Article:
Chemical industry mergers and acquisitions (M&A) activity declined in the second quarter versus the first quarter, in terms of both value and the number of deals, according to a report from the consulting firm PricewaterhouseCoopers (PwC). However, the pace of transactions suggests that, overall, 2011 should see more deal-making than 2010 did.
The total number of deals decreased from 311 in the first quarter of 2011 to 262 in the second quarter. Over the same period, the number of deals with reported transaction value of more than $50 million fell from 32 to 28.
Total deal value declined more sharply. In the second quarter, companies signed $14.3 billion worth of deals valued at more than $50 million, versus $40.8 billion in the first quarter. This is because fewer “megadeals”—transactions valued at more than $1 billion—were announced in the second quarter, and those that were announced were smaller.
Four megadeals were announced during the quarter. These were Solvay’s $4.7 billion acquisition of French specialty chemical firm Rhodia, Ashland’s $3.2 billion purchase of International Specialty Products, Rhône Capital’s $1.3 billion bid for Evonik Industries’ carbon black business, and Vale’s bid to buy out the remaining interest in its Vale Fertilizantes fertilizer affiliate for $1.4 billion. The first quarter saw seven big-ticket deals, including Berkshire Hathaway’s $8.8 billion takeover of Lubrizol and DuPont’s $7.2 billion purchase of Danisco.
Tracey A. Stover, global chemicals leader at PwC, says the number of chemical deals typically remains constant through economic booms and busts. “What changes is the dollar value of the deals,” she says, noting that deal values climb as economic conditions improve.
When economic times are tough, Stover explains, chemical firms are primarily interested in selling businesses to raise some quick cash or to dispose of divisions that are losing money. “Now they are in a growth period,” she says. “They are saying, ‘What can I do in a big way to move my business forward to the next step?’ ” The answer is often a pricey transaction.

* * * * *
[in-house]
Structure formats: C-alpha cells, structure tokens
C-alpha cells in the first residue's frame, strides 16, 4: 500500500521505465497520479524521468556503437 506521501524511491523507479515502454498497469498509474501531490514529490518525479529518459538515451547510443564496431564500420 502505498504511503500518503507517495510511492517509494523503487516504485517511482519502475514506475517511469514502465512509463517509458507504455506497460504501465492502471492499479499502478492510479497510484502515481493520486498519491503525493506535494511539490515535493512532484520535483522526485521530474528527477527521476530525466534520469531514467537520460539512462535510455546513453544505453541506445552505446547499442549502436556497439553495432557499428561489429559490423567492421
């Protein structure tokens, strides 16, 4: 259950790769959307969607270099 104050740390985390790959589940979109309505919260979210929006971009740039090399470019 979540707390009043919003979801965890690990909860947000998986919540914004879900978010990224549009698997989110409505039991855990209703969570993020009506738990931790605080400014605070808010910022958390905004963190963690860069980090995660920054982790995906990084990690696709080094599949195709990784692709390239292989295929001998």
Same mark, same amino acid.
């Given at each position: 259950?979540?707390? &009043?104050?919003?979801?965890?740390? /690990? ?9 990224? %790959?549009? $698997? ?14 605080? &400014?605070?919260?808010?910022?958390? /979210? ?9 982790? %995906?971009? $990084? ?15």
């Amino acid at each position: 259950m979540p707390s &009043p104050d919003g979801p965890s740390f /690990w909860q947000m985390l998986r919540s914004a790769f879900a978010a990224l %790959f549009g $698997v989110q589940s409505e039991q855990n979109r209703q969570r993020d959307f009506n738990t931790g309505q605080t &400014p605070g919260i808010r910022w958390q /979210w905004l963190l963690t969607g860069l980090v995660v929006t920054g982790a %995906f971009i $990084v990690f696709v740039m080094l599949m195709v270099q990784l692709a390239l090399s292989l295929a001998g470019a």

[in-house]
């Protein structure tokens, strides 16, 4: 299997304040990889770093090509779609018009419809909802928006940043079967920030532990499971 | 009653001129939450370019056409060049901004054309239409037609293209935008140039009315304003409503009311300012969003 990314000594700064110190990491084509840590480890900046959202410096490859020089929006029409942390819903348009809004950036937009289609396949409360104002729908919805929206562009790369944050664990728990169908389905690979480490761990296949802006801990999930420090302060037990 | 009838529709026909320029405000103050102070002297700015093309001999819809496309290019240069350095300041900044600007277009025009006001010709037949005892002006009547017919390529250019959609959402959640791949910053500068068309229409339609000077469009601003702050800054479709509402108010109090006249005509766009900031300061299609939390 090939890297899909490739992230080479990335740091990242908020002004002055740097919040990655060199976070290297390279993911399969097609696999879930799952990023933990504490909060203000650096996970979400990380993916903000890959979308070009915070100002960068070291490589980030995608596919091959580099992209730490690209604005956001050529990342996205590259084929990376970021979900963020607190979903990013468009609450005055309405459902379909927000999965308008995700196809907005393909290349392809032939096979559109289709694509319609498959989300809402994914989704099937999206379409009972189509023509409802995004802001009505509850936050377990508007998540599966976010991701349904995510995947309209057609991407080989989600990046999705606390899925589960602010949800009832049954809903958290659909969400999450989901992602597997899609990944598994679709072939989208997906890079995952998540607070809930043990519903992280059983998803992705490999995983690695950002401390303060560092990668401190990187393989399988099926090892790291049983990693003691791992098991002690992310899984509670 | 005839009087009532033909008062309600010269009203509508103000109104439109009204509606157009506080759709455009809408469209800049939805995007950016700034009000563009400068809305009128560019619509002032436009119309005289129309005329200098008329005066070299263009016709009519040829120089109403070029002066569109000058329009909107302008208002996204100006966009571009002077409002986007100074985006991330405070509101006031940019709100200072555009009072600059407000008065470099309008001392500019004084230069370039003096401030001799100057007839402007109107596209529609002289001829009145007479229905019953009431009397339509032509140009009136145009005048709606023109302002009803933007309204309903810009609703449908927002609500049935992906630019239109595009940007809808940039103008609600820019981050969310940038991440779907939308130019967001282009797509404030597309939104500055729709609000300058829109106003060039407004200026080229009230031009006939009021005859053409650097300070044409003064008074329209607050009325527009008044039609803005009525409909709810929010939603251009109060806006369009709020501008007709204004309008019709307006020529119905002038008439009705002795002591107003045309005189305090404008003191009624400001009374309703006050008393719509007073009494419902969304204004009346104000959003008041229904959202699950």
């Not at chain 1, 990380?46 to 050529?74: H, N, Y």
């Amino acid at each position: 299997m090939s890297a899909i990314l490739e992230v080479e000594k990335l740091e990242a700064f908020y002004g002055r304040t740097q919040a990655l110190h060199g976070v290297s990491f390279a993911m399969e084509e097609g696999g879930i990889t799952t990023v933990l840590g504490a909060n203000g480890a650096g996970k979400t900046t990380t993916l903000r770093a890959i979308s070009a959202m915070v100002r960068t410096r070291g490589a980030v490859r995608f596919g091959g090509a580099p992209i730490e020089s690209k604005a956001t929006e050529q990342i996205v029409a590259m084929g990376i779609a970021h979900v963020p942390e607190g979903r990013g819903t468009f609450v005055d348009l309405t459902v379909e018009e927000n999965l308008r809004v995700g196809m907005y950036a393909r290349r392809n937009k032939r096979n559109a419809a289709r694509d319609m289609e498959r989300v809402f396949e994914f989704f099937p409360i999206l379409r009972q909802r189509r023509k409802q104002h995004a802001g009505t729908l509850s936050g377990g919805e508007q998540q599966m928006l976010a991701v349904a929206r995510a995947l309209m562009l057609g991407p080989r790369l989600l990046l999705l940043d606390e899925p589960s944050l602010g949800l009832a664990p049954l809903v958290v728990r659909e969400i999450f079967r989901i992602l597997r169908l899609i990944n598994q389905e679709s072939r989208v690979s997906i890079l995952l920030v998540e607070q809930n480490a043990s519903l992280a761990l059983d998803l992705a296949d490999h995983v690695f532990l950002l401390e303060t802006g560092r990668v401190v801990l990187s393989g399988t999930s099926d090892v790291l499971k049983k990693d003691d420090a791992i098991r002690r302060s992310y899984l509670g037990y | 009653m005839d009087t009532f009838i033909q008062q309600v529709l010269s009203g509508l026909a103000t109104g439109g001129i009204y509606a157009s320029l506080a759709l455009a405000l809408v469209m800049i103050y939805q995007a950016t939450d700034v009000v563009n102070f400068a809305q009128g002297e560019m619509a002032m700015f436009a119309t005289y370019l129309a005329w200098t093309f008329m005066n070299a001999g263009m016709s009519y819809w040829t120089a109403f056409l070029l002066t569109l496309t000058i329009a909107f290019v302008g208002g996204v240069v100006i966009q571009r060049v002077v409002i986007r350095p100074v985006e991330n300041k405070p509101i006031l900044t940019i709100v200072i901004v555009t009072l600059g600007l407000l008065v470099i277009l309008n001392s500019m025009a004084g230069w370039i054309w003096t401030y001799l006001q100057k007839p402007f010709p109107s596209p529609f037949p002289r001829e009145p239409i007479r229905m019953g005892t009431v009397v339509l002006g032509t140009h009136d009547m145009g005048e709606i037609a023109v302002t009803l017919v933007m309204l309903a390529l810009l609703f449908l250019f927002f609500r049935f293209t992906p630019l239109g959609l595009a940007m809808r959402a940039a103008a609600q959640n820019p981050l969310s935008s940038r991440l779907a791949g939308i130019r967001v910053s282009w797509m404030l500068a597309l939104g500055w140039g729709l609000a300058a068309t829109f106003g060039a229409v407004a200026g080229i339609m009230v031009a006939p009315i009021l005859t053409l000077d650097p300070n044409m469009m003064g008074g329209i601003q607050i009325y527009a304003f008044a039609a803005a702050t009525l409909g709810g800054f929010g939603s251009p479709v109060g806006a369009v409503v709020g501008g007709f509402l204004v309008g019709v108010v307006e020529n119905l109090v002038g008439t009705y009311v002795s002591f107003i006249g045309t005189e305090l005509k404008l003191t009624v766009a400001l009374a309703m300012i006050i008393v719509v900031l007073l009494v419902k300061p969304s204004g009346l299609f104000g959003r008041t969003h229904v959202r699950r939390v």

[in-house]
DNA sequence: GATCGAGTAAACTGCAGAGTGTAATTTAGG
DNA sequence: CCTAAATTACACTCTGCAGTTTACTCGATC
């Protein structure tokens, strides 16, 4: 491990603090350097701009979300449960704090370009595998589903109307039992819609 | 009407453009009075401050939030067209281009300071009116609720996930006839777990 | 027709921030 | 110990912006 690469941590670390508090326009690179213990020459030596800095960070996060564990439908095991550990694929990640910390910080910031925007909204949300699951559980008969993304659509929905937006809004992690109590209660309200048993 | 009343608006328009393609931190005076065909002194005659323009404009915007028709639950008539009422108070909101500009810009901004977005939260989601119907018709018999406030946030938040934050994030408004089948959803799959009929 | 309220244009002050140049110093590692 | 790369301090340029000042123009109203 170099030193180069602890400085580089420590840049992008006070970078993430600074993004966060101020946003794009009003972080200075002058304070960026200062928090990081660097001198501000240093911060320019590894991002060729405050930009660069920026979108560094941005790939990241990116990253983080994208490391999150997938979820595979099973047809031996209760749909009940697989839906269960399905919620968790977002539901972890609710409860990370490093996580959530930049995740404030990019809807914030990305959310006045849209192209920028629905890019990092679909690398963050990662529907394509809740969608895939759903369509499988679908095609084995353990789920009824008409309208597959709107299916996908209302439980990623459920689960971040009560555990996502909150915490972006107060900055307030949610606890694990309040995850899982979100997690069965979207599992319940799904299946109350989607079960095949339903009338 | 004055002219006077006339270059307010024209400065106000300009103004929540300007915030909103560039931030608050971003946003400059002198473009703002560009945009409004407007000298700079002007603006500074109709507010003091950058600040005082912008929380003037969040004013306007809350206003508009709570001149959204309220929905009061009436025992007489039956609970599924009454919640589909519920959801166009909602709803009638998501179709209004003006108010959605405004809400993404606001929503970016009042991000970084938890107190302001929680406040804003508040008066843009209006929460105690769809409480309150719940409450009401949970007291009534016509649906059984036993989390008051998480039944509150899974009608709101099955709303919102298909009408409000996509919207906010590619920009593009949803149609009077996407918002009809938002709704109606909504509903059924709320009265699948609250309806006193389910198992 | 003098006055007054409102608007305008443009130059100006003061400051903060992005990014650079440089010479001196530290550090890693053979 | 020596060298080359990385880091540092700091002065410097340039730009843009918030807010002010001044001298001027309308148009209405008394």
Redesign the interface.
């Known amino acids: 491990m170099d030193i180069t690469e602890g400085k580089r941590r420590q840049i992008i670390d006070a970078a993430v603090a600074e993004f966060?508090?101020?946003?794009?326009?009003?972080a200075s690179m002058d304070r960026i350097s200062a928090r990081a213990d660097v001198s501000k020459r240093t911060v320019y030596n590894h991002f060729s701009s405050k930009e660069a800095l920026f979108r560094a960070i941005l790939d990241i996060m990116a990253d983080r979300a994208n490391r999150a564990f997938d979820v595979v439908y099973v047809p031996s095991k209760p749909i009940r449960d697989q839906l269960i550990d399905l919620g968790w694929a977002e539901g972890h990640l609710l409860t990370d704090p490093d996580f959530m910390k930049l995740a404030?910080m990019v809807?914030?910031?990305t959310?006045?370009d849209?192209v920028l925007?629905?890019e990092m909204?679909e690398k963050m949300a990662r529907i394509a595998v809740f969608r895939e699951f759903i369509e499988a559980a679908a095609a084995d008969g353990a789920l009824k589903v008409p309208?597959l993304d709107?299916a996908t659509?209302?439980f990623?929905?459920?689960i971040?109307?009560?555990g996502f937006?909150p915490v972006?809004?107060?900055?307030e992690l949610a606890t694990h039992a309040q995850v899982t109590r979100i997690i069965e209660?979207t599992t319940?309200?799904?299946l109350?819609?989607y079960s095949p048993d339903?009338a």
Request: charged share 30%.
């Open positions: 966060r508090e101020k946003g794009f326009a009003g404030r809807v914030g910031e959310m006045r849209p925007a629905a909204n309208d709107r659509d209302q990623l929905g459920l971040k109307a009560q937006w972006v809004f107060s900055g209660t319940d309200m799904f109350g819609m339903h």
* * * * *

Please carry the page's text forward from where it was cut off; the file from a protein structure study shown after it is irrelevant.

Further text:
Chris Cerimele, head of the chemicals practice at the investment banking firm Houlihan Lokey, says M&A activity has moderated over the summer, though he hasn’t seen a significant pullback. “Some of it is due to uncertainty about what is going on in the economy,” he says. But he also notes that the interest among chemical firms to make acquisitions remains strong.
Indeed, such strategic investors have been driving M&A. Financial buyers such as private equity firms accounted for just 15% of the value of second quarter deals, according to PwC.
Stover says she continues to hear a lot of private equity company interest in making acquisitions, but it’s possible that they are being outbid by chemical firms. “It is more competition from the strategics that may be beating private equity to the punch,” she says.
Strategic buyers have a couple of key advantages over private equity firms when it comes to making acquisitions, Cerimele says. Chemical companies can afford to pay more because they can reap the benefits of synergies between their existing operations and the acquired businesses. In addition, he notes, many large corporations can avoid raising acquisition financing because of their strong balance sheets.
In its report, PwC notes that deal activity is likely to improve in 2011 versus 2010. Through the first half of the year, 60 deals with a price of more than $50 million were signed, combining for a total value of $55.1 billion. During the same period in 2010, there were 54 deals worth a total of $38.6 billion.
Cerimele says his outlook for the remainder of this year depends on whether the jitters over the economy clear up. But he does expect that the summer M&A doldrums shall soon pass. “We are going to see more activity beginning in the September and October time frame through the end of the year,” he says.